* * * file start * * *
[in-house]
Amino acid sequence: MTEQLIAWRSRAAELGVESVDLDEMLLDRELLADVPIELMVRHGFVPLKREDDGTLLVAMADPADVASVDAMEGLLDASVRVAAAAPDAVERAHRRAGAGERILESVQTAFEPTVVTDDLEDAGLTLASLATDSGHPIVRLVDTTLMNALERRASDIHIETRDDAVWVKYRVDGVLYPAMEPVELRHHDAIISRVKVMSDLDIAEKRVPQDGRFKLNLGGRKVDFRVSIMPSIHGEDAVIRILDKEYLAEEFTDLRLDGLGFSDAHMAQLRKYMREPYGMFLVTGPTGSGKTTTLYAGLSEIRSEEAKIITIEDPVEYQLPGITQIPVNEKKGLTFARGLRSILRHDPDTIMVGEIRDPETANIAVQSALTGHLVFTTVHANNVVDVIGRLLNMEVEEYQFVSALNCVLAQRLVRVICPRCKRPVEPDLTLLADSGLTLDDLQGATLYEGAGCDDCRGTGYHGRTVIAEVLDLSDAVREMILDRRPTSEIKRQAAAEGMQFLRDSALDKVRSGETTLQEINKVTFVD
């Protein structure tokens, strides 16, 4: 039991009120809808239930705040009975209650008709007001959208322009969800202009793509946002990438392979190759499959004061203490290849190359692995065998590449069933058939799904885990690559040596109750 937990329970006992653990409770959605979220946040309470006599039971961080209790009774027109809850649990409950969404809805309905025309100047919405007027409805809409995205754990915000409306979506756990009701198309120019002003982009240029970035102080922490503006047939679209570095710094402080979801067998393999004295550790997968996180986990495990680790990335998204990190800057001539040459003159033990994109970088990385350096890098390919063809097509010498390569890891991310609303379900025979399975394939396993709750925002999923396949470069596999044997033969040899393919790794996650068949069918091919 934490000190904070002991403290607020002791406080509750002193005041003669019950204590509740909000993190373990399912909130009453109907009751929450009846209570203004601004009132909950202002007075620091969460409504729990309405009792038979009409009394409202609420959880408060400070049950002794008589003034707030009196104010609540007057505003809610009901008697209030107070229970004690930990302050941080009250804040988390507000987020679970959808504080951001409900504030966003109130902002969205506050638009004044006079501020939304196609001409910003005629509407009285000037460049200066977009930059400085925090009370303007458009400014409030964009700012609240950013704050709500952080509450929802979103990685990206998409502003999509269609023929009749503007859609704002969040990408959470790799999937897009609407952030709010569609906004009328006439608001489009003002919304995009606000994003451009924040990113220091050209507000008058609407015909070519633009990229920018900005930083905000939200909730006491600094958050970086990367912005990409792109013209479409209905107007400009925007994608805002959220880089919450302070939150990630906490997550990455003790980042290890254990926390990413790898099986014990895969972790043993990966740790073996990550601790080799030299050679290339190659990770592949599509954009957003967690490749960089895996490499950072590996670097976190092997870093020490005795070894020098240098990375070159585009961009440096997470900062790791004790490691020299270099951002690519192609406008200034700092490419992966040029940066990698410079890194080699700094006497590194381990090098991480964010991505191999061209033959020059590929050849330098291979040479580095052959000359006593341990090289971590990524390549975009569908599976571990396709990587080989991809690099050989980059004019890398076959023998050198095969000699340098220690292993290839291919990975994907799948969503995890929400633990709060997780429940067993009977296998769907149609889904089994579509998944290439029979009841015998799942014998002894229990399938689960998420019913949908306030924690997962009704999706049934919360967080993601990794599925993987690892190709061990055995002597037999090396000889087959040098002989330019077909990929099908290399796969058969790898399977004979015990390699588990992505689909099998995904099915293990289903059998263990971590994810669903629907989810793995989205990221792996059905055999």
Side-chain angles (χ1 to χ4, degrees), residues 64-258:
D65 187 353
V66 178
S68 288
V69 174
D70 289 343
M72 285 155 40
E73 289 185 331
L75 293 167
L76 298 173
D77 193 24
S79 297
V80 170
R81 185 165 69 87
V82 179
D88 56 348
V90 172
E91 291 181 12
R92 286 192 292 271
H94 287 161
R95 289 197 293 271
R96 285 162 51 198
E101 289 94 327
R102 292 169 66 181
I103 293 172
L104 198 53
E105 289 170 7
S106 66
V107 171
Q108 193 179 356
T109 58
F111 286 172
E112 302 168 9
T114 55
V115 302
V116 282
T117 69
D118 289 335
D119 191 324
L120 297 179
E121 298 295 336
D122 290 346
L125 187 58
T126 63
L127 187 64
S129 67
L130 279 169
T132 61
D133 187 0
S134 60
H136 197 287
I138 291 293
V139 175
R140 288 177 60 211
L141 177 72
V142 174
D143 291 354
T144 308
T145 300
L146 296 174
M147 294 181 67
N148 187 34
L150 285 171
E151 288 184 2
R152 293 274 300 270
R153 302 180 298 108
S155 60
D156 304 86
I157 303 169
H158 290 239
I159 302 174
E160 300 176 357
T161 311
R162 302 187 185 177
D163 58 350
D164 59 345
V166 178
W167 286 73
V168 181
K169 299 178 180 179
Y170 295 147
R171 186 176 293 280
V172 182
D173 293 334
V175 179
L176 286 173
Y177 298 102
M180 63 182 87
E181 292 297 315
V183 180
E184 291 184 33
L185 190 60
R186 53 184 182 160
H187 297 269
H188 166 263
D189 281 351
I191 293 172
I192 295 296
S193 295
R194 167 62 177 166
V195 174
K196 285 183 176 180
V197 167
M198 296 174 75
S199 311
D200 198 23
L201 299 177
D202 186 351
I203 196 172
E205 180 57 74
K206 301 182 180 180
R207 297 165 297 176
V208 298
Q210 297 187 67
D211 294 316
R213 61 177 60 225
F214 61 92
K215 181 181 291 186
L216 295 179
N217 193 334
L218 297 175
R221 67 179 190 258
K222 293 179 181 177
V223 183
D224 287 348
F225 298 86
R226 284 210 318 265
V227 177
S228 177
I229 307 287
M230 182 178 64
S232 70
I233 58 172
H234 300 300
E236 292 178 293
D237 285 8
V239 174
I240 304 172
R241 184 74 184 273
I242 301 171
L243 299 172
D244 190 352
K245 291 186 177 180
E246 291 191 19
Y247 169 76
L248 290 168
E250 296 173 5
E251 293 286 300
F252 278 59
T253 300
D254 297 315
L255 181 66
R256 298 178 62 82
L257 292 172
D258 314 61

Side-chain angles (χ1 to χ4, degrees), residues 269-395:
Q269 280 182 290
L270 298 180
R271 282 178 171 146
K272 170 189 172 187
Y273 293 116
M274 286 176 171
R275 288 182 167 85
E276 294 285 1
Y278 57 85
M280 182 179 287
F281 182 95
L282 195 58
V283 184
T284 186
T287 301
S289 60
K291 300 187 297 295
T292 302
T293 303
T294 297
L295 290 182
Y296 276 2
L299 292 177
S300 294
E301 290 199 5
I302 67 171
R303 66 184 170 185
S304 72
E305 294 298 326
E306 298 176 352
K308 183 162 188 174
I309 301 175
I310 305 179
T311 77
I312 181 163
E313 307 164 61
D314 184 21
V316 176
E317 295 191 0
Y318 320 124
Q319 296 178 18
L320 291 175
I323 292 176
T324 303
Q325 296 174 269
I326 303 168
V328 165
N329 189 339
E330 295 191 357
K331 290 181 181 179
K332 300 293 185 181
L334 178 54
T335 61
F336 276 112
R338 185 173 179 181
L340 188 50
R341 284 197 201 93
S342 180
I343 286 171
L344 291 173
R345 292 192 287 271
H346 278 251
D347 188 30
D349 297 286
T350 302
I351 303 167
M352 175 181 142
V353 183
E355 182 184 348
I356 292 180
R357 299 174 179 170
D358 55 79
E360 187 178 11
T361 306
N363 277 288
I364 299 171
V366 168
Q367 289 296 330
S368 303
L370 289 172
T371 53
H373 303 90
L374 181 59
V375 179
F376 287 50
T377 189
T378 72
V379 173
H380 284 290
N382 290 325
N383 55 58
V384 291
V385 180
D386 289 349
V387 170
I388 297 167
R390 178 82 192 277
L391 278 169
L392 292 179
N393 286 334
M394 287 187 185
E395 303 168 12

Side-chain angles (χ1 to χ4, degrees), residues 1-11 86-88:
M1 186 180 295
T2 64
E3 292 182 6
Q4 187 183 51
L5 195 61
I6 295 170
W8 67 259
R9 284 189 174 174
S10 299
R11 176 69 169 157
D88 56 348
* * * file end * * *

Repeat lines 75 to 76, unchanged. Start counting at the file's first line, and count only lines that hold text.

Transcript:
E160 300 176 357
T161 311